A reader writes:
Just wanted to comment on Mearsheimer – when I graduated from the University of Chicago in 2004, the Iraq War was underway, and Mearsheimer gave our graduation speech.
He was elected by the students to give the speech, but I had never taken a class from him or heard of the guy (no reason for a Classical Studies and English Lit guy to study with him). He spoke about the strategic uselessness of the Iraq War and the reasons it would blow up in our faces. I thought it was a very weird graduation speech at the time, except that every time I heard a news item about the war, I recalled the speech. Everything he said was exactly right, of course. It was an ill-conceived, counterproductive war.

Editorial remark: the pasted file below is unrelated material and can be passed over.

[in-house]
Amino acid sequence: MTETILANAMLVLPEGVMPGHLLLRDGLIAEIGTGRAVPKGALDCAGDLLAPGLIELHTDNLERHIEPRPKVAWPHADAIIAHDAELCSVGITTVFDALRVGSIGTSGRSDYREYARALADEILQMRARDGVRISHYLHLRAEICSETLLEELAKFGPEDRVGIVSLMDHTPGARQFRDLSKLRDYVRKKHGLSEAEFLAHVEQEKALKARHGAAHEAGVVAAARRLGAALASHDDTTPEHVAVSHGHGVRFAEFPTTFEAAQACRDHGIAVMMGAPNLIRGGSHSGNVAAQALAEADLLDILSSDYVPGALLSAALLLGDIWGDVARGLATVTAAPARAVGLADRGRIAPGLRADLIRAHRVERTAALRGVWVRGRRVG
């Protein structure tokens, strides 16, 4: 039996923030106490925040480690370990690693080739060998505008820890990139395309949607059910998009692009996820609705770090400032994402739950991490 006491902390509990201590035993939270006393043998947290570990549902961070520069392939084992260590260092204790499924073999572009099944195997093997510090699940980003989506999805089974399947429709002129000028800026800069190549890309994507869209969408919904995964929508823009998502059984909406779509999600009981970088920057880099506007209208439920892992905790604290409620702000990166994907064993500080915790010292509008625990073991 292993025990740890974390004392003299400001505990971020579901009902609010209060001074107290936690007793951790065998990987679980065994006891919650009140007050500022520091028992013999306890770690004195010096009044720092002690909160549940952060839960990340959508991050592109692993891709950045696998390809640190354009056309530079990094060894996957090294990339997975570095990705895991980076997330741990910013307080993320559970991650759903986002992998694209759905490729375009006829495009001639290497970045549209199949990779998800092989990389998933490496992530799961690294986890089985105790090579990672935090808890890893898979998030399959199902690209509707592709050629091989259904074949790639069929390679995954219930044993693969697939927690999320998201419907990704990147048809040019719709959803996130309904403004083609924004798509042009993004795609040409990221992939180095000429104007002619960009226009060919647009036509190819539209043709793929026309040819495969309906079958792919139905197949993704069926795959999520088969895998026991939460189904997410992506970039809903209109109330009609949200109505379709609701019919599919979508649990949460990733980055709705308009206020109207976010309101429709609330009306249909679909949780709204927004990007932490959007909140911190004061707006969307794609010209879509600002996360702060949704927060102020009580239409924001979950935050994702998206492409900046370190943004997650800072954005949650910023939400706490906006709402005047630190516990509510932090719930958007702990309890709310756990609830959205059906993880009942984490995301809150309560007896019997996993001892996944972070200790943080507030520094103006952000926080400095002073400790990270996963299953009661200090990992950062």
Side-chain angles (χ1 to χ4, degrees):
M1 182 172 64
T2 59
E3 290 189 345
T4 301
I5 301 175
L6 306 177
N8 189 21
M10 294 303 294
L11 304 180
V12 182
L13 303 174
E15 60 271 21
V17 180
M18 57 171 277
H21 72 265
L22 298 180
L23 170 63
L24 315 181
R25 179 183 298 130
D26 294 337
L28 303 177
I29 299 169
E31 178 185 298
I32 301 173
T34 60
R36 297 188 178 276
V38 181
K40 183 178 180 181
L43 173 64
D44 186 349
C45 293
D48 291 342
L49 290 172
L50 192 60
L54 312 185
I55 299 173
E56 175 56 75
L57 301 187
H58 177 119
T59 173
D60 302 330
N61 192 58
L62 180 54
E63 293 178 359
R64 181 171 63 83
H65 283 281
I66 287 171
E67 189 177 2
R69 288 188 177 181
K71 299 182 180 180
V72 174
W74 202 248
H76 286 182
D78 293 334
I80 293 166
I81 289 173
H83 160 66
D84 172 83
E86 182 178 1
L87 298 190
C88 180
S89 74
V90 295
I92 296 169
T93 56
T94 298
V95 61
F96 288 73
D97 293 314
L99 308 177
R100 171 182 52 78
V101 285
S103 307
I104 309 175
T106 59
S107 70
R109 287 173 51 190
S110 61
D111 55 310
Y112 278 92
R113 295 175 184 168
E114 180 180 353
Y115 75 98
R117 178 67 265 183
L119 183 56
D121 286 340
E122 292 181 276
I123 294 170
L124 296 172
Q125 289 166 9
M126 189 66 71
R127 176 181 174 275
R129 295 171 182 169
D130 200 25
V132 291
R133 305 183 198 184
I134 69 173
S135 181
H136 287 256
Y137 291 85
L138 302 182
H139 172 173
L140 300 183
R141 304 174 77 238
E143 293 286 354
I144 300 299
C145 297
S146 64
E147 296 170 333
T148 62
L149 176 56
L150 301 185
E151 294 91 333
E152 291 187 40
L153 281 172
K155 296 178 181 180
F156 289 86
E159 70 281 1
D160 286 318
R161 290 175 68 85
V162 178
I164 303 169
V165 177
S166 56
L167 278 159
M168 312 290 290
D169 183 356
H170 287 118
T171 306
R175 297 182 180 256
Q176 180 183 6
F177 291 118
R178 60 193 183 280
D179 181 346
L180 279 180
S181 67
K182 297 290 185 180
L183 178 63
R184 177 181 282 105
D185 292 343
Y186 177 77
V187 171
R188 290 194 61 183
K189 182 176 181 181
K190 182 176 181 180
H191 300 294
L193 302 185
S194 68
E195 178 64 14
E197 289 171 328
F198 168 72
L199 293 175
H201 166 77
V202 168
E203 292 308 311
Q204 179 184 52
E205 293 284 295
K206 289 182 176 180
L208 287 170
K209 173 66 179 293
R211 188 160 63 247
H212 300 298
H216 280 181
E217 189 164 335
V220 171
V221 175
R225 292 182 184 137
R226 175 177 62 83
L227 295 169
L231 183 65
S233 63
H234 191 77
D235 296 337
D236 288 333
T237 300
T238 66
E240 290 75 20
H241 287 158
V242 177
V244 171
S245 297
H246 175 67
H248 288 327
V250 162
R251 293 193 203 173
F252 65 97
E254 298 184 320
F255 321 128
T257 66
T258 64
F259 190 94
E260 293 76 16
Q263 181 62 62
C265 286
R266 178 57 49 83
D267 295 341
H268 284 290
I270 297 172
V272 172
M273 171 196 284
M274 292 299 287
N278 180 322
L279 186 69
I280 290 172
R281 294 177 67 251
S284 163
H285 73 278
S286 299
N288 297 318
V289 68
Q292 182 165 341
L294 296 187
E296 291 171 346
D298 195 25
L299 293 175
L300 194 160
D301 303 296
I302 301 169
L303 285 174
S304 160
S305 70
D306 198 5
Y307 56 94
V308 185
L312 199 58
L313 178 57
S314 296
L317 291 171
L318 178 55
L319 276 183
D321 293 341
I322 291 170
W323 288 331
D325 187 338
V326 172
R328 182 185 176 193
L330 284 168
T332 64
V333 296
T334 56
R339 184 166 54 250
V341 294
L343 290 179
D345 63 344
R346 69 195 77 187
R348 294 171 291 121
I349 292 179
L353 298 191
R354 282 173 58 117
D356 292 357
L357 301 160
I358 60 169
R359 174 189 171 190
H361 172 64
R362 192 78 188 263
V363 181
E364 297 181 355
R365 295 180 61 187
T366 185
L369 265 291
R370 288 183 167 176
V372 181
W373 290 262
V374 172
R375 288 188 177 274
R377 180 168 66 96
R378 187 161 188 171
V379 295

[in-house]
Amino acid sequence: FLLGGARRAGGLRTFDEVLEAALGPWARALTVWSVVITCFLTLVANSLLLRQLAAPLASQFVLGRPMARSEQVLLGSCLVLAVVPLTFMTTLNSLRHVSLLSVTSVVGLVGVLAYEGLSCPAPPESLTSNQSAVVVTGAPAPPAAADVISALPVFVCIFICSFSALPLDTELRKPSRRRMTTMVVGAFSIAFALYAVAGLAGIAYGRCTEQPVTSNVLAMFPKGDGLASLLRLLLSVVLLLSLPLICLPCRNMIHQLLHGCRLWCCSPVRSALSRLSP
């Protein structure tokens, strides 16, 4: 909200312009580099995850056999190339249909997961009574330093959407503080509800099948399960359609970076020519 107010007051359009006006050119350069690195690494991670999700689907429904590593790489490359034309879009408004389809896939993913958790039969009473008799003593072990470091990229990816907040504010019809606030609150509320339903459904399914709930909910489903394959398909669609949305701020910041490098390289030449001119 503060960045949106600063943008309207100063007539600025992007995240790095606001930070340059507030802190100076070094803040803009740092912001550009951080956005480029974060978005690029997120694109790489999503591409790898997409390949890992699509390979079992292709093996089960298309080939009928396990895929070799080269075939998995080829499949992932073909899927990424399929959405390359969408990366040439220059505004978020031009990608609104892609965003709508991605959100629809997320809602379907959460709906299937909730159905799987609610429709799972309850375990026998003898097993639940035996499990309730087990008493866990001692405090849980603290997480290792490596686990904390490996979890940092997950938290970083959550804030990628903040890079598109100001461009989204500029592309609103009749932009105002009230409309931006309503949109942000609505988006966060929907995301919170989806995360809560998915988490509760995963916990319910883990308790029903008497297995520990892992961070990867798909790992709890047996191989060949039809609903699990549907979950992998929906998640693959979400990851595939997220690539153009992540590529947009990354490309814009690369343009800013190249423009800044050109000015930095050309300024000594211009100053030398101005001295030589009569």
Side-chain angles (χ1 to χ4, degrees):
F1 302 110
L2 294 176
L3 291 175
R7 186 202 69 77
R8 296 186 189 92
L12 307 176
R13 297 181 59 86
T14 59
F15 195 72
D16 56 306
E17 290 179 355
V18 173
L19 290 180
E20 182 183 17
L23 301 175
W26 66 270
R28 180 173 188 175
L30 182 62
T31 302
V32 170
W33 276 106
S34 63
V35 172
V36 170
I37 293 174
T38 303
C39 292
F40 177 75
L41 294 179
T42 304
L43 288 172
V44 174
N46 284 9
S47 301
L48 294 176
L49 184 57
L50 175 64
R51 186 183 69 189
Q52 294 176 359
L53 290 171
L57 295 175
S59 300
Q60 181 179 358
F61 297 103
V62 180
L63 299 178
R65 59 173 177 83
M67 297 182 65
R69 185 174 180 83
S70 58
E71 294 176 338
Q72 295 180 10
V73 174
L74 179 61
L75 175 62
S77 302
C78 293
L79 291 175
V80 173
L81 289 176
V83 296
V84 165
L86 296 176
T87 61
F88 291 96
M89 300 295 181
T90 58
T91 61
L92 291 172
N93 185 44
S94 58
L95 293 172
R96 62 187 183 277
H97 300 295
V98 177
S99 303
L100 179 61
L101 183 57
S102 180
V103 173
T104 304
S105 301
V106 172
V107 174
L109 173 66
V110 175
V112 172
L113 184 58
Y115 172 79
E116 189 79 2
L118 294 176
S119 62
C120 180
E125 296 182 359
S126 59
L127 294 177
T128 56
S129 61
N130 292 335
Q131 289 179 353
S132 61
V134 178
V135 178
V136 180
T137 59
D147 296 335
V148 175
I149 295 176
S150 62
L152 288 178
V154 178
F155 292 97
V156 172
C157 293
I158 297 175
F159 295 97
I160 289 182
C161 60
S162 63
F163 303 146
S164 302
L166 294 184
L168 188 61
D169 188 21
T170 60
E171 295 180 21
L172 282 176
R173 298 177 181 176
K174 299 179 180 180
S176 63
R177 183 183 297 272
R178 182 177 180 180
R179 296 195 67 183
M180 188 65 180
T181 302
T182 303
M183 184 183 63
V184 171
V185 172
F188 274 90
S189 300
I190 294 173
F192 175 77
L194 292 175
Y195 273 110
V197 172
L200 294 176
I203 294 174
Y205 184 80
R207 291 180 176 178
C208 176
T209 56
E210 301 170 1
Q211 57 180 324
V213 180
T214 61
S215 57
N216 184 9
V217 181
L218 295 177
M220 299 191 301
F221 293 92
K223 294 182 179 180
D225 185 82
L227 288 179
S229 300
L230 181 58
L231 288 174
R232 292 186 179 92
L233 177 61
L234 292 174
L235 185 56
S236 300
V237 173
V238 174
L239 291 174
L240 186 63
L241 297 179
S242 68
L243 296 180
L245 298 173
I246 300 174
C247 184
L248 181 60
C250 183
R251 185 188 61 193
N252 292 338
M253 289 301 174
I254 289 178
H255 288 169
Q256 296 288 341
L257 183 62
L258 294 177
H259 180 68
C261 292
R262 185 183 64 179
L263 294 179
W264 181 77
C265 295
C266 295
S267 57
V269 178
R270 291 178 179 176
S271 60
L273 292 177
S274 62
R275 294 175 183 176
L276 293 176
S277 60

And, as one of the two major wars in which our country has engaged since the start of my adulthood, the Iraq War is one that has shaped my views of foreign policy in a significant way, and Mearsheimer has shaped my view of that war. It is strange that this guy from whom I never took a class while on campus and from whom I heard only once – on my last day on campus – has had a significant impact on the way that I see the world and our nation's role in it. Thanks for pointing out his "strategic brilliance".